1st Cavalry Cadet Squadron,
October 5, 1918.
My dear Win,
Your letter of August 25th was forwarded to me here today. I wrote to you on my arrival in Blighty, but I see you had not received it when you wrote. I am a dashing cadet of the Imperial Cavalry School of the above heading. I have been here just a month and have seven more months to go. The school is supposed to be second to non in the British Empire, and believe me it is some joint. The course is run in two terms of four months apeice with three weeks holidays at Christmas, and I think that I could just do with three weeks about that time. The aiding instructors are of the cheapest quality, all either famous jockeys or steeple chasers. We are riding and jumping every day under the close supervision of these aforementioned gentlemen, and your riding is picked to pieces and criticised until you suit their fancy. Up until two days ago we were allowed neither reigns nor stirrups and had to go over six to eight jumps with folded arms and a prayer upon our lips. Yesterday, we were graciously allowed reigns, but our stirrups are still not forthcoming. But, unfortunately, riding is not everything and consequently we undergo an unbearable amount of dismounted drill which I have been familiar with for the last three years, and which will, in time, I am afraid, upset my mental equilibrium.
I am completely surrounded by young men from Eton, Harrow, and Rugby, most of whom are just having their first taste of the Army and almost drive me to distraction in their questions and views on life in general.
Bethune, who is a great friend of mine and who is incidentally brother of Jack Bethune, is here with me. There are about ten Canadians here altogether, and we are looked upon as some sort of curios. As our tastes and habits are somewhat different from our Imperial friends, there is, needless to say, a certain amount of friction. At times there is a distinct atmosphere of frigidity. But, being Canadians, we refuse to follow the ancient proverb: "When in Rome, do as the Romans do". We are not called by any special appelation, but are generally referred to as "Canada" or "Here comes the Dominions". My esteemed friend and compatriot "Sleuth" has filled his roommates with the most extraordinary tales of Canada. According to his description, Canada is a barren and wild tract of country, almost limitless in extend and covered with gold mines and fields of diamonds. The forests are infested with Indians of gigantic stature who swoop down upon the few wigwams, which constitute Toronto, slaughtering and massacring the inhabitants. Consequently Sleuth has reduced his roommates to a state of docility and he is looked upon as a species of half breed not capable of murdering everybody in their beds.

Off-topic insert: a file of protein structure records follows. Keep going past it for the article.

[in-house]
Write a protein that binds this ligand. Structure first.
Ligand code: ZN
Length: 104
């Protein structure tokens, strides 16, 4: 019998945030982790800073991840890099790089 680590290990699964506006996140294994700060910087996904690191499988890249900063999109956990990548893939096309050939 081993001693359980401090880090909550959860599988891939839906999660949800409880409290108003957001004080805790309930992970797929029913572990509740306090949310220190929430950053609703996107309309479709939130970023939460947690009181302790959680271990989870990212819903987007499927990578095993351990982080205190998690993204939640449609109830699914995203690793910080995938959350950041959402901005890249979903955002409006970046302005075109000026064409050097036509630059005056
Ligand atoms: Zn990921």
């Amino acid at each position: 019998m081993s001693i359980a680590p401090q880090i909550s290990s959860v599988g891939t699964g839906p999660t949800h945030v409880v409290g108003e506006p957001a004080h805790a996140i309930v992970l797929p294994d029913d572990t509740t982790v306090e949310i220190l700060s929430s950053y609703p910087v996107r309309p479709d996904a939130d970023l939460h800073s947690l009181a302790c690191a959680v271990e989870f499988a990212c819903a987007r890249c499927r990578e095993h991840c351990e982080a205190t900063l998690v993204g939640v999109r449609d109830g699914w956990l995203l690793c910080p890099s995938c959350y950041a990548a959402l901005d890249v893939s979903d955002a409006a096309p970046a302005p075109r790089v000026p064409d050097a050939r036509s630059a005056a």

Your letter was very welcome and reading it brought me back again to the happiest days of my life. You said Mr. Marling was in Hospital, and that Ken was coming over. Is his hospital in London? Please let me know as nothing would give me greater pleasure than to see them.
[Capt] A.O. Lampman.